“We approached the year of 2009 with a budget that was presented to us on Saturday evening at 9 p.m. by a police sergeant because it was the 15th of November and the charter requires it,” Collins said.
The budgets were ready Friday, but “the political nonsense that was being played …” he said, shaking his head.
In December, council had to adjust for an $8 million deficit, which drained the city’s stabilization fund, Collins said. By January, he was fighting a losing battle. He voted against the 2009 budget, saying, “This is nothing more than a book of fiction with mythical numbers.”
Take your marks
Collins is used to starting from behind. When the independent campaigned for his District 2 seat, he was all but counted out of the race.
“I have always been independent,” he said. “I consider independent a side. I have never once registered to a party, never declared in a primary,” he said.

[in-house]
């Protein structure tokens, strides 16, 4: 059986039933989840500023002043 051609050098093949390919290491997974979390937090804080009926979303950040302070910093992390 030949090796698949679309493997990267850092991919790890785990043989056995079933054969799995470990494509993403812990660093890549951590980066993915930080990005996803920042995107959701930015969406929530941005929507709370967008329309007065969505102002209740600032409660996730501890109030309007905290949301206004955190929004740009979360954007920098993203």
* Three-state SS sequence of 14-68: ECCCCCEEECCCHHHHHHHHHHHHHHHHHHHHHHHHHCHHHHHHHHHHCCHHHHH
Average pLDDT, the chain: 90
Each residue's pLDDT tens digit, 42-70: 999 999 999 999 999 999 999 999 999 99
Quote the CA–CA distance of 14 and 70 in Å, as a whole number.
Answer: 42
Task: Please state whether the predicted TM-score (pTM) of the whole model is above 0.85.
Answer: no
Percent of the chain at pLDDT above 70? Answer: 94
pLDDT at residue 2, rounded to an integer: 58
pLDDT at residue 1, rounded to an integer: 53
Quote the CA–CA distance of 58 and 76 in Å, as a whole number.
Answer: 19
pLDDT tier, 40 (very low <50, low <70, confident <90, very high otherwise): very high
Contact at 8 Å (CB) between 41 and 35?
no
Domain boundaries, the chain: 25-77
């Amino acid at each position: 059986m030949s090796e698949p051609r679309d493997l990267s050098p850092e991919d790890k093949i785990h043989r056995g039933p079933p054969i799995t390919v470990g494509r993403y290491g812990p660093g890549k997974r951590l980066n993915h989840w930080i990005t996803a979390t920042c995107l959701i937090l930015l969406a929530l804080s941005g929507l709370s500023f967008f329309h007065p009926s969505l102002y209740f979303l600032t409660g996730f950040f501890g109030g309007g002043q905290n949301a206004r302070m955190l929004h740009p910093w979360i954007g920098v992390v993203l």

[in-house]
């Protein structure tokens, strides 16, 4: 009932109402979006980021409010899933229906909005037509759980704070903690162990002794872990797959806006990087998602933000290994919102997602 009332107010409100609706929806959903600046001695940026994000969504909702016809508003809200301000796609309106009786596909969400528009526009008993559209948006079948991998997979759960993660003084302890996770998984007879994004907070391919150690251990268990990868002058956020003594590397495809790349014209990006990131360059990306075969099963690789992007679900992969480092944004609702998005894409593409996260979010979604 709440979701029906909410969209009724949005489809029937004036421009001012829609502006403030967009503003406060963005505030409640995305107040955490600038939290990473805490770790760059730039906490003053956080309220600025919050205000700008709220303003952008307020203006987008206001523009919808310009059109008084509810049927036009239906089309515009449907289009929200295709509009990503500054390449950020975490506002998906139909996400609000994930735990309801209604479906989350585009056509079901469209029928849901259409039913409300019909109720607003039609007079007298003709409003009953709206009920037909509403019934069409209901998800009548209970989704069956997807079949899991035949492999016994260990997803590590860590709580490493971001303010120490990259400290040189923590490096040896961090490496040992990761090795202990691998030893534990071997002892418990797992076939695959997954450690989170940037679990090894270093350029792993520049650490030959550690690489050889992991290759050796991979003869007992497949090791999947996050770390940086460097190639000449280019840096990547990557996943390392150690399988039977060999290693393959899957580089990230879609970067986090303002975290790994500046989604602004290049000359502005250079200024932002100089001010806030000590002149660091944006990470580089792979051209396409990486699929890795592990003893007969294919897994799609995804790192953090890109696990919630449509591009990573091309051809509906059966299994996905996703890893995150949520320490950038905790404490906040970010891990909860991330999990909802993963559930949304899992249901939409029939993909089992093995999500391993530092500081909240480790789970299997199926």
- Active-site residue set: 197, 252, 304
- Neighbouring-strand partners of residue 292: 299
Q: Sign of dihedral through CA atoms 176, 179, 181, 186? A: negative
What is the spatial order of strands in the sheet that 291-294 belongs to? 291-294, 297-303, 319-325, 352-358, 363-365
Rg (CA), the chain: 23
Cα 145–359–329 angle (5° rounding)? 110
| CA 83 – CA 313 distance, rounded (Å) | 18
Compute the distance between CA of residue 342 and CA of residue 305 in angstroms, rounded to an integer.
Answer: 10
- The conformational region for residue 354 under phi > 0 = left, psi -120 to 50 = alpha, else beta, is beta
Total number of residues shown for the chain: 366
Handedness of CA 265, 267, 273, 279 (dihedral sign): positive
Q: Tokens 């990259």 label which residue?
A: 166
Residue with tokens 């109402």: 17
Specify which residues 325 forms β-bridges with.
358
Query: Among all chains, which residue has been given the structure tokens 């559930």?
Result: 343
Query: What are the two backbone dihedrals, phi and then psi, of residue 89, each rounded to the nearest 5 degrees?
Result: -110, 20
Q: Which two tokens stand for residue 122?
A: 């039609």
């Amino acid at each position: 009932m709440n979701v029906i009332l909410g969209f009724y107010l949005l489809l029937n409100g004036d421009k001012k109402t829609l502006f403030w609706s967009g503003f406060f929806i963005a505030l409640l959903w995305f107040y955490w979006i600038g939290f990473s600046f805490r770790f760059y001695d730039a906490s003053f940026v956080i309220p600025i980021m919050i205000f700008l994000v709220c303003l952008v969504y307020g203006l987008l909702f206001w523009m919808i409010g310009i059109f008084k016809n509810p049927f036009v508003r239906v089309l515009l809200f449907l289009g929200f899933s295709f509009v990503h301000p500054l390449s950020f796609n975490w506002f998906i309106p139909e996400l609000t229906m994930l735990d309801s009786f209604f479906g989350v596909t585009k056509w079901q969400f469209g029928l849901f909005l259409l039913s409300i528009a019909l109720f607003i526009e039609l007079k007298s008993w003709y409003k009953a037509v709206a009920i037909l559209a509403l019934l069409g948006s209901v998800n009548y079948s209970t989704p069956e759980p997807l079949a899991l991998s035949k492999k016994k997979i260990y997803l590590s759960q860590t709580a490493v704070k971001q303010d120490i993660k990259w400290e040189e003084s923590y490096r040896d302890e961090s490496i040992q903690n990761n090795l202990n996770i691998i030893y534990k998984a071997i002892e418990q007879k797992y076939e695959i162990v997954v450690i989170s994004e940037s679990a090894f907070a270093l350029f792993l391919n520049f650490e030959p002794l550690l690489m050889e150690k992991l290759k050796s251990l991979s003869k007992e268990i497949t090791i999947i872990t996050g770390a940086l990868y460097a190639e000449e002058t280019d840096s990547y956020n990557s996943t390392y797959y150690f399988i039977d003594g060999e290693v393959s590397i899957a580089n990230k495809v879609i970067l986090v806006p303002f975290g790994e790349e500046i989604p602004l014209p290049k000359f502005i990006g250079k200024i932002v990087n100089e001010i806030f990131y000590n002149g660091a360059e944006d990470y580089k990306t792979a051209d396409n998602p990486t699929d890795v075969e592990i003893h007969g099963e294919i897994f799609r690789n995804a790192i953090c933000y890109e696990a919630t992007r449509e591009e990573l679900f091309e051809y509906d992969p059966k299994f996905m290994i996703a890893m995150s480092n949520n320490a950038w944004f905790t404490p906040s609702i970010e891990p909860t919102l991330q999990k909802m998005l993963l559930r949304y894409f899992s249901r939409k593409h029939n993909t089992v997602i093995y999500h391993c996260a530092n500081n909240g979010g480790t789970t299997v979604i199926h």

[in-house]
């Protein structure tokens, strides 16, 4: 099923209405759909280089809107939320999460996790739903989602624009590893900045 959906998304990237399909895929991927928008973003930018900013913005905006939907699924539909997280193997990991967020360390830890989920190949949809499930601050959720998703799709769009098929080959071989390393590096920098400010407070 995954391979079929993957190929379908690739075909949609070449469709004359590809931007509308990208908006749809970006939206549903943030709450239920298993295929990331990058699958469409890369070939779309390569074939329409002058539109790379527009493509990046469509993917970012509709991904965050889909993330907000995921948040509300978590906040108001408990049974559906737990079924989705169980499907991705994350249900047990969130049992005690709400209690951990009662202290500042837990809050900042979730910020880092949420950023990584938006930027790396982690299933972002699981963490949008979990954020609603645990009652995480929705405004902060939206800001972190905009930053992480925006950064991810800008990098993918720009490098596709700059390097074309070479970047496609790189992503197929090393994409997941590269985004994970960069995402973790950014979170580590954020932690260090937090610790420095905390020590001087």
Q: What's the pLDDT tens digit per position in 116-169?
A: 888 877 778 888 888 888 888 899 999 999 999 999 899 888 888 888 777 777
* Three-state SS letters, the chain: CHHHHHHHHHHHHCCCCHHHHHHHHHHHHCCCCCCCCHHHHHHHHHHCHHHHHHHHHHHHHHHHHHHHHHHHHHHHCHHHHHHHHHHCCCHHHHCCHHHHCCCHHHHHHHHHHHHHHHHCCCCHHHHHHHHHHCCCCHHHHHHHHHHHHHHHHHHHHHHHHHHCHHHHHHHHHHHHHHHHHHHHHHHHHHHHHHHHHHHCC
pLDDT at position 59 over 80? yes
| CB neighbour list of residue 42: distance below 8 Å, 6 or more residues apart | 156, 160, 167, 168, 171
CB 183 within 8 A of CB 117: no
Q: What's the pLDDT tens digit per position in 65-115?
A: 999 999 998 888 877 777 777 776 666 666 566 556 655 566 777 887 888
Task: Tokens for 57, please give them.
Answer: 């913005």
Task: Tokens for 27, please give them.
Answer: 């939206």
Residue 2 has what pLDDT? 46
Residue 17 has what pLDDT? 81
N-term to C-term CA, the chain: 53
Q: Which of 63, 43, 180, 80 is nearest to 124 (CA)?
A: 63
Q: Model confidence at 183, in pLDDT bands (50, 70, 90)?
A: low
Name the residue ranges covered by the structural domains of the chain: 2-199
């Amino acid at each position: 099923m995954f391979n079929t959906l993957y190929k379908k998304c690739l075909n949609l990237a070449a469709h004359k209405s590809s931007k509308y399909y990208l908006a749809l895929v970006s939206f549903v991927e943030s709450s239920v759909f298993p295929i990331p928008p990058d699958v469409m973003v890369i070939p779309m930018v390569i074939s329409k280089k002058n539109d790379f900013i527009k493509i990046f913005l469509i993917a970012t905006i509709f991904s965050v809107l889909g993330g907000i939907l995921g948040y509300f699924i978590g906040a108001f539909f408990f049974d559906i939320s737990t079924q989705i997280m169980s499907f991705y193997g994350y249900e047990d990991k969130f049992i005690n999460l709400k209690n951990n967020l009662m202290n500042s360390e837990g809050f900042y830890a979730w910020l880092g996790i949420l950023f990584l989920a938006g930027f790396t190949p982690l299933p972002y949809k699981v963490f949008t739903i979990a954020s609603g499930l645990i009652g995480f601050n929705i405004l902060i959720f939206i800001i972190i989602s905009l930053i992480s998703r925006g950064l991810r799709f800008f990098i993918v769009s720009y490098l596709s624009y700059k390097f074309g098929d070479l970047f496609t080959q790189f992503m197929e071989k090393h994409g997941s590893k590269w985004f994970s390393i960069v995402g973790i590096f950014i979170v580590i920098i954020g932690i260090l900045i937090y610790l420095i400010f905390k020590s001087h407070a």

“I think at this moment in time, it is most important,” he said of being neutral. “I don’t have a political machine and I don’t have anything negative to say about either of the major parties, but my independence creates for me the ability to step outside the area of political patronage.”
While Collins has been asked to join both of the major parties since representing District 2, he has answered with a resounding, “Thank you, but no thank you.”
His first attempt to run for office came six years ago for an at-large council seat, but his petitions were defective, which was “totally my mistake,” he said.
By 2007, he had the petitions right and he was running with nine other candidates, many of whom were fairly well-funded.
To start, he put $2,000 of his own money into the campaign and began going door to door.